The UTS namespace is used to isolate two specific elements of the system that relate to the uname system call. UTS is an abbreviation of UNIX Time Sharing, a term that dates back to the fledgling days of UNIX, when multi-user, multi-tasking operating systems were a novelty.

Ken Thompson & Dennis Ritchie

Ken Thompson & Dennis Ritchie

The UTS namespace is named after the data structure used to store information returned by the uname system call. Specifically, the UTS namespace isolates the hostname and the NIS domain name. NIS, an abbreviation of Network Information Service, is an outdated directory service created by Sun Microsystems for the Solaris operating system, which was discontinued by Oracle after its acquisition of Sun Microsystems. In short, the UTS namespace is about isolating hostnames.

To demonstrate its use, the program we used in the last article about the mount namespace, has been further adapted as invoke_ns3.c, and is available here. Unsurprisingly, we’ve added a new command line option to our program, -u, which must be accompanied with a string that will be used to set the hostname in our newly created UTS namespace:

$ ./invoke_ns -h
Usage: ./invoke_ns [options] [cmd [arg...]]
Options can be:
    -h           display this help message
    -v           display verbose messages
    -p           new PID namespace
    -m           new MNT namespace
    -u hostname  new UTS namespace with associated hostname

We’ve added some code to parse the command line when -u is specified, which adds the CLONE_NEWUTS constant to the clone flags, and stores the hostname in some dynamically allocated memory. The pointer to the memory is passed as part of the args structure to the clone system call, which provides the arguments to childFunction:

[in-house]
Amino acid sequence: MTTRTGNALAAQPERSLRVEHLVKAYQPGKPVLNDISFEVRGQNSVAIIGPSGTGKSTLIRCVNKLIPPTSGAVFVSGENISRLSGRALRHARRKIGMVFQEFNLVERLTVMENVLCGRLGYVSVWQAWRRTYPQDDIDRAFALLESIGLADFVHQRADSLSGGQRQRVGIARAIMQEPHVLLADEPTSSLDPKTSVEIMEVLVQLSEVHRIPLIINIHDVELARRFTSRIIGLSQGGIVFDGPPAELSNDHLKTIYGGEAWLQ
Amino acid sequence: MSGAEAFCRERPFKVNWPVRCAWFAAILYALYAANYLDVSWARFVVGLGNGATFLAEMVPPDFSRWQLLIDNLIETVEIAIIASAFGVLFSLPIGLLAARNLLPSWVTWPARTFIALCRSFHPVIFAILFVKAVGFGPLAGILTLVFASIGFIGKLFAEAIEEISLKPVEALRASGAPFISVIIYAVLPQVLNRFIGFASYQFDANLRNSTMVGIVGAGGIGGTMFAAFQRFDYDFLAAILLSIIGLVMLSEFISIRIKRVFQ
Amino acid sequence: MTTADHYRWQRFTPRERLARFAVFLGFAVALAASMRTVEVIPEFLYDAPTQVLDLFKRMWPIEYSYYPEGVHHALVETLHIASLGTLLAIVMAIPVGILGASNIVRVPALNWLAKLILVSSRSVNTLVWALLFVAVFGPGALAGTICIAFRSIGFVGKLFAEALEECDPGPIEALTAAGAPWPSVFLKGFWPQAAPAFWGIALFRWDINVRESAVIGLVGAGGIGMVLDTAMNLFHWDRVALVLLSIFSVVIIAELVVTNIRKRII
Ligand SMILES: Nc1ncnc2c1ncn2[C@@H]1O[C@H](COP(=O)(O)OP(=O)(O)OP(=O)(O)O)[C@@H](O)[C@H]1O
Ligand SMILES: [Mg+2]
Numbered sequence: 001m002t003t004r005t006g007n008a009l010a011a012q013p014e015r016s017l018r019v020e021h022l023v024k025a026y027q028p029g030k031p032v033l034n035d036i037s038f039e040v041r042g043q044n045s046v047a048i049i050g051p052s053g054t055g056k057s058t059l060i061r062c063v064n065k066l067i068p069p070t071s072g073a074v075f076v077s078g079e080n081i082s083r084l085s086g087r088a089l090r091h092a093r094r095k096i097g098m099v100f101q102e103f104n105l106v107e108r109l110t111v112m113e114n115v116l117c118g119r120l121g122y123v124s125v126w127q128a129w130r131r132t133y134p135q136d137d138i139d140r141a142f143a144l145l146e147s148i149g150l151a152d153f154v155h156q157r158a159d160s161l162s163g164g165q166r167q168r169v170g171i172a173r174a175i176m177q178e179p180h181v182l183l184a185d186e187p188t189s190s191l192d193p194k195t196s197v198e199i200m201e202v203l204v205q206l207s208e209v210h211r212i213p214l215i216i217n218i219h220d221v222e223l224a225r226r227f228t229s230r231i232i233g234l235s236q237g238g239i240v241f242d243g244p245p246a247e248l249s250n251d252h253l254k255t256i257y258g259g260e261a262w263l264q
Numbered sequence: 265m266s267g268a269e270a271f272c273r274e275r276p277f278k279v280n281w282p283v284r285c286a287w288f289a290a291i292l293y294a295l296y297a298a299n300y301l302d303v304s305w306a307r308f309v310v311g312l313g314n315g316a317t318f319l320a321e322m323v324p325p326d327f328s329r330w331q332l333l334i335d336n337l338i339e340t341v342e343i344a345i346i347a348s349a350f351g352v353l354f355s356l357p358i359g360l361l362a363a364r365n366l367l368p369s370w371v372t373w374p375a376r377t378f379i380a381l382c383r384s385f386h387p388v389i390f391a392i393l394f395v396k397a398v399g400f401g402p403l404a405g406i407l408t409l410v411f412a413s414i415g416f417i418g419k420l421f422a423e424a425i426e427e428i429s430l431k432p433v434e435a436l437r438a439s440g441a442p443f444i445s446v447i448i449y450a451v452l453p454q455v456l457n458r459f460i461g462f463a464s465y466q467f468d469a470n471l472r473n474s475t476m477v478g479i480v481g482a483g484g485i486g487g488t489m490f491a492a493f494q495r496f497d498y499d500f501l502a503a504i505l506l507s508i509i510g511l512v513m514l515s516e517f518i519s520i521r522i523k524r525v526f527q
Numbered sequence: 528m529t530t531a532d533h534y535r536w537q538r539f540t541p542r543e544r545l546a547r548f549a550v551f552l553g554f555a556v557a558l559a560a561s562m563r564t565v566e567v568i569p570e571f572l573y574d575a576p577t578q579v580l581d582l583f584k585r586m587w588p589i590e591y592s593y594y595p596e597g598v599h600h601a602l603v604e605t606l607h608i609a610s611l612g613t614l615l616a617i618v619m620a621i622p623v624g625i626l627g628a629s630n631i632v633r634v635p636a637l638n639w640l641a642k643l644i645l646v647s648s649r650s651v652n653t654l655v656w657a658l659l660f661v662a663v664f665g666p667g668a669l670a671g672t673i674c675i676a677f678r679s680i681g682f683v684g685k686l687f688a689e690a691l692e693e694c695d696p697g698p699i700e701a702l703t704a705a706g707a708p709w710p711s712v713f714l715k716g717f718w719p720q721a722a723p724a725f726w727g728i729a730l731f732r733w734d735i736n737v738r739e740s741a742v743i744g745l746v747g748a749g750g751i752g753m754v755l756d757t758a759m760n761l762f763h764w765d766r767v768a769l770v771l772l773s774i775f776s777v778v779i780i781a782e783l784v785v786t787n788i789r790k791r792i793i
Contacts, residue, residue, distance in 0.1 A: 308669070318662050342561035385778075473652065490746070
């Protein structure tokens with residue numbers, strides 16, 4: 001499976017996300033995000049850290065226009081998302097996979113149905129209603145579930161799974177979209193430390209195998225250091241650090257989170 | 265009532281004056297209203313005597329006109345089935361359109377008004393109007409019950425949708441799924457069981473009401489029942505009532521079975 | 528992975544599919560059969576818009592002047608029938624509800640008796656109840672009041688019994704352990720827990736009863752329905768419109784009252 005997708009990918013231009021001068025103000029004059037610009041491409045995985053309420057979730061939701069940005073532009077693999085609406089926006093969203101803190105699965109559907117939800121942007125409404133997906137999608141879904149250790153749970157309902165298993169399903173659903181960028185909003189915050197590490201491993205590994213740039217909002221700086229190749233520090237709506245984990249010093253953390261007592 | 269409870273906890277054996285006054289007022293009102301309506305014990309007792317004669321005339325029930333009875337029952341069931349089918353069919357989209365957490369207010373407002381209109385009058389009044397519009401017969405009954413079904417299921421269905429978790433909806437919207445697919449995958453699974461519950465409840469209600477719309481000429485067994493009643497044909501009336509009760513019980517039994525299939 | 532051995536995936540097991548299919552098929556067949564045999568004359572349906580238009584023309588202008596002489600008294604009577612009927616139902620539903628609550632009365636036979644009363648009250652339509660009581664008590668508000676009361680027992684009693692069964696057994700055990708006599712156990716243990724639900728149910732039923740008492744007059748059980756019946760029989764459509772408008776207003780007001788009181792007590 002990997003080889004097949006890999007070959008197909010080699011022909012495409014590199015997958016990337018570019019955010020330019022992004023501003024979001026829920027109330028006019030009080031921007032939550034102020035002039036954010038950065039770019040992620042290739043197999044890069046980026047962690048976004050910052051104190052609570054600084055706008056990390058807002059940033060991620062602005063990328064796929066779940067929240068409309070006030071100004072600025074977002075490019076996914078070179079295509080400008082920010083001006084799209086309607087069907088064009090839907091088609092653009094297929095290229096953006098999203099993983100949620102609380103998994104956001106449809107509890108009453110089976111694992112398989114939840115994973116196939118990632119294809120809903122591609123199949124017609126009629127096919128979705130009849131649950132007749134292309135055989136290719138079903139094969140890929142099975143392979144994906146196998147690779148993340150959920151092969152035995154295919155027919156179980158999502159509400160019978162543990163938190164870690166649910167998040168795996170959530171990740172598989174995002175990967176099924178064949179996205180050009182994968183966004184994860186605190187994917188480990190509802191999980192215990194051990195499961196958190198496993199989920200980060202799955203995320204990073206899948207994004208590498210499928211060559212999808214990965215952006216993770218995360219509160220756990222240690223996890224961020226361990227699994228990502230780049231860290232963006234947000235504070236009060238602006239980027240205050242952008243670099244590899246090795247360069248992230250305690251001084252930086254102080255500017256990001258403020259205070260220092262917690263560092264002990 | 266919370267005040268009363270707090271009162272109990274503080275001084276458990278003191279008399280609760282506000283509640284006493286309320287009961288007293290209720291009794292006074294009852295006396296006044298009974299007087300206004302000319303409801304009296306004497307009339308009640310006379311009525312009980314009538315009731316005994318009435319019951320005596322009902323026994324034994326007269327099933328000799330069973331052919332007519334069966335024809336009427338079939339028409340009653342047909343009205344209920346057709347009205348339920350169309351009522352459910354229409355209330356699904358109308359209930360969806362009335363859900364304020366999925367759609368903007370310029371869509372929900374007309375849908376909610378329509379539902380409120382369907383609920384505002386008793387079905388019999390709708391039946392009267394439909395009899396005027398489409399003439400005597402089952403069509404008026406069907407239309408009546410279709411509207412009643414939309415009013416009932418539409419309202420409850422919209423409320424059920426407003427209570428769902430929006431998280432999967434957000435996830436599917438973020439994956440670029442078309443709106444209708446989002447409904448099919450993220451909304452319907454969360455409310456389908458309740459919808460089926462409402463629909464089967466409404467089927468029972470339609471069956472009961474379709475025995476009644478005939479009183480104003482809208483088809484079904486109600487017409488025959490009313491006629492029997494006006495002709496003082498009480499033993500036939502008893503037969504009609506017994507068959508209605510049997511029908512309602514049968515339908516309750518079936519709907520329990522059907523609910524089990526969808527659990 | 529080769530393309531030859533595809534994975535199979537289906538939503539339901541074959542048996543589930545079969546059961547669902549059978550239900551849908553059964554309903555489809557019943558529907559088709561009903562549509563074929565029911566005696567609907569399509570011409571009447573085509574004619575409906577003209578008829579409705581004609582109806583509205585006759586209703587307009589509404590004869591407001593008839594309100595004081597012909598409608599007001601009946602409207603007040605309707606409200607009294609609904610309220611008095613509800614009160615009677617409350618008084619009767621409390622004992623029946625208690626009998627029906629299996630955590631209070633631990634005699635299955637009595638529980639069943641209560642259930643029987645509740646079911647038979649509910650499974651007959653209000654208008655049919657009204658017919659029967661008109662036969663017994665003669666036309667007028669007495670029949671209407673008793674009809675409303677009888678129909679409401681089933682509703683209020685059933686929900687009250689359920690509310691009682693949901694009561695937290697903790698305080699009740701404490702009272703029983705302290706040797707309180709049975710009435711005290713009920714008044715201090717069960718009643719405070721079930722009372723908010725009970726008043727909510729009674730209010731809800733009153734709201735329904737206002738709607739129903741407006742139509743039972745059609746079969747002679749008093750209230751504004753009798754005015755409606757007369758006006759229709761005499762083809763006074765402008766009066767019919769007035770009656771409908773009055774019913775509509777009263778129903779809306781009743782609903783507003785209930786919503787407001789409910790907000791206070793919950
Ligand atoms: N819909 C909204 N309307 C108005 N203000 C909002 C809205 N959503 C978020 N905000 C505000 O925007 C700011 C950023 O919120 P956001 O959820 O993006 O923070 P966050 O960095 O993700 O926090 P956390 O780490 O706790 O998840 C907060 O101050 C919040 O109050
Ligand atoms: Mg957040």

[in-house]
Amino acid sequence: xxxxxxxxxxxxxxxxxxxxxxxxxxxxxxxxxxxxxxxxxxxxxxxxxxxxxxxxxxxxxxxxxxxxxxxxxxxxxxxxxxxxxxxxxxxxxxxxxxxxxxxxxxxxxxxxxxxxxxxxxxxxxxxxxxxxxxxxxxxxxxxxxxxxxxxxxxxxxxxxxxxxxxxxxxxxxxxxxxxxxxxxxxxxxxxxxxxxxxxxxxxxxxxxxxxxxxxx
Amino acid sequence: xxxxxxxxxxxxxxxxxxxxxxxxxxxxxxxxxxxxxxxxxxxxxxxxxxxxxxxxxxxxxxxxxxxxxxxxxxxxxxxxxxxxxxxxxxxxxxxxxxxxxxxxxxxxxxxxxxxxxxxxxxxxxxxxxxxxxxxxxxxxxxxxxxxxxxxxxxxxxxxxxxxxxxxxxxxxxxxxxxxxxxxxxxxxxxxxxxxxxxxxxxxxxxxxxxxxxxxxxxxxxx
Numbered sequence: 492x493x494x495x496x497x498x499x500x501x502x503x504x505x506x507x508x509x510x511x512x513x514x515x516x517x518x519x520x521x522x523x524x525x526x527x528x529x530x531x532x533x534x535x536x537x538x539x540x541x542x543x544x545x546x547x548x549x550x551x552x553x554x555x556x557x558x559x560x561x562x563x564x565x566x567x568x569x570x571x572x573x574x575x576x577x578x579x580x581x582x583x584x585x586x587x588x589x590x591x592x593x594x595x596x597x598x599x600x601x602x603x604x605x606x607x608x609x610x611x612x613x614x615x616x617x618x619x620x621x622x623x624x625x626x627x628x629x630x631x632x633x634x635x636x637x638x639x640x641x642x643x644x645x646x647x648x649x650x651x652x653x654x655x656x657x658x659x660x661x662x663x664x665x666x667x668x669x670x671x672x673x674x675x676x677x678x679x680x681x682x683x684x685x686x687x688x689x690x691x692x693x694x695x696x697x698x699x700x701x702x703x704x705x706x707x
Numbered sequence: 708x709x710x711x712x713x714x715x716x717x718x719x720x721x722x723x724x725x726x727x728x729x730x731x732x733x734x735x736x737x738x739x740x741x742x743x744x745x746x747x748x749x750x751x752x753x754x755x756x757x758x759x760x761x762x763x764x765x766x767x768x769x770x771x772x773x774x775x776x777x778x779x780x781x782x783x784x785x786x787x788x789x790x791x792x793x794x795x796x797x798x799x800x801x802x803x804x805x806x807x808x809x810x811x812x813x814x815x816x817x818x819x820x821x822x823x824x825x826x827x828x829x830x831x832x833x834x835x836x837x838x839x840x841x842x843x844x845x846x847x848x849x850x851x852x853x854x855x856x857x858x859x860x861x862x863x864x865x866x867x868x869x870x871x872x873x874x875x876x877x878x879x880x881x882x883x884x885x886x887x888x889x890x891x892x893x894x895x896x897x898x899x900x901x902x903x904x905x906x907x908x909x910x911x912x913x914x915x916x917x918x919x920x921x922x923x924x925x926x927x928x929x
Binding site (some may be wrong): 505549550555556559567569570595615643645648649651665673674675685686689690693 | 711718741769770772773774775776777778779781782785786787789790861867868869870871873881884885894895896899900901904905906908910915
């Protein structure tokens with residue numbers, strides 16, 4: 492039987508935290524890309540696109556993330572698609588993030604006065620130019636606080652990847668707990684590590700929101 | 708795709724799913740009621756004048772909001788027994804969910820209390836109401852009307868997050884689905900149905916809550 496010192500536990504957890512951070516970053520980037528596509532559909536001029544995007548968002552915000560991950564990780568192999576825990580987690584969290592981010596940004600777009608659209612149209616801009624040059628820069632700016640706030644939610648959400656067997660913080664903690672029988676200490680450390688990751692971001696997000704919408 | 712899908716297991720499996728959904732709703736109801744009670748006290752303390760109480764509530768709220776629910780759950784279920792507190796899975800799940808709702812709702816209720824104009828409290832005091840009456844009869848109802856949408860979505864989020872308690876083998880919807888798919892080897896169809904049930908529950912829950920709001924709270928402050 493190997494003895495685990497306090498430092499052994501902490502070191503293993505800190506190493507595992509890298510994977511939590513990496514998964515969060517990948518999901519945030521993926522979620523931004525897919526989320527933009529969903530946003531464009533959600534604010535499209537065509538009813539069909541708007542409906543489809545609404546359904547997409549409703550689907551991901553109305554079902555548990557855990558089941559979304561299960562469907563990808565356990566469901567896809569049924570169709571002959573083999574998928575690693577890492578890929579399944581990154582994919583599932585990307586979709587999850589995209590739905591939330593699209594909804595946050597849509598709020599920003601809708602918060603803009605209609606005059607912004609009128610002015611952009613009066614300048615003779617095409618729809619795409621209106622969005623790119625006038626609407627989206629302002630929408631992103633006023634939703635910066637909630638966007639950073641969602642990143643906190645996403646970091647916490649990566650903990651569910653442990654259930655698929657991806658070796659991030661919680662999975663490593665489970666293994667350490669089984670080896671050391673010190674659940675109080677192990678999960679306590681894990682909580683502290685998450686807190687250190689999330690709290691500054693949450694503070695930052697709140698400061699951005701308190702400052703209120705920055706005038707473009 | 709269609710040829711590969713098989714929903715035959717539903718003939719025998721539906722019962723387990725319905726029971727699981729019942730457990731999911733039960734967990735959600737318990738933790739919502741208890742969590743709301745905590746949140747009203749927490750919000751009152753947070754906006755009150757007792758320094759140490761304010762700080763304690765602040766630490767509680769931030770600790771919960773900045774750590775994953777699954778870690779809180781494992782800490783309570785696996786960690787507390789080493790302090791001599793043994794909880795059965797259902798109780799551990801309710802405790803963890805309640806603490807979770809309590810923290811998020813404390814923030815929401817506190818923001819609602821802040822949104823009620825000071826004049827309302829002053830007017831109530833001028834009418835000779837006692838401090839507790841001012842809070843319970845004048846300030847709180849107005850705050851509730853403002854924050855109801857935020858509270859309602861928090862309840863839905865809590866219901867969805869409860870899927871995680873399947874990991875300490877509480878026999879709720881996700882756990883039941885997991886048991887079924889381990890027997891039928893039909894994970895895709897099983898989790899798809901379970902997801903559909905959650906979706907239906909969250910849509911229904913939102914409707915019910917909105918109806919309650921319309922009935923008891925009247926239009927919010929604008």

// Parse command line options and construct arguments
// to be passed to childFunction
while ((option = getopt(argc, argv, "+hvpmu:")) != -1) {
    switch (option) {
        case 'u':
            flags |= CLONE_NEWUTS;
            args.hostname = malloc(sizeof(char) * (strlen(optarg) + 1));
            strcpy(args.hostname, optarg);
        case 'm':
            flags |= CLONE_NEWNS;
        case 'p':
            flags |= CLONE_NEWPID;
        case 'v':
            args.verbose = 1;
        case 'h':

In order to set the hostname inside the new UTS namespace, we need to add some code to childFunction using the sethostname system call:

// Set new hostname in UTS namespace if applicable
if (args->flags & CLONE_NEWUTS)
    if (sethostname(args->hostname, strlen(args->hostname)) == -1)
        perror(" Child: childFunction: sethostname");

Having compiled invoke_ns3.c, we can run the program with sudo ./invoke_ns -vpmu calculus env PS1='\h\[\] [\[\]\w\[\]] ' bash, which will set the hostname inside the new UTS namespace as ‘calculus’. As part of the command that’s specified for the cloned process to run, we’ve set the bash shell prompt (using the environment variable PS1) to include the hostname, which is, of course, ‘calculus’. We can also use the hostname command to echo the hostname set for the UTS namespace:

$ sudo ./invoke_ns -vpmu calculus env PS1='\h\[\] [\[\]\w\[\]] ' bash --norc
Parent: PID of parent is 16375
Parent: PID of child is 16376
 Child: PID of child is 1
 Child: executing command env ...
calculus [/home/wolf] hostname

Hence, it’s possible to provide processes running on a given host system, an entirely different identity in terms of hostname, provided they exist in their own unique UTS namespace.

The next article will cover the NET namespace.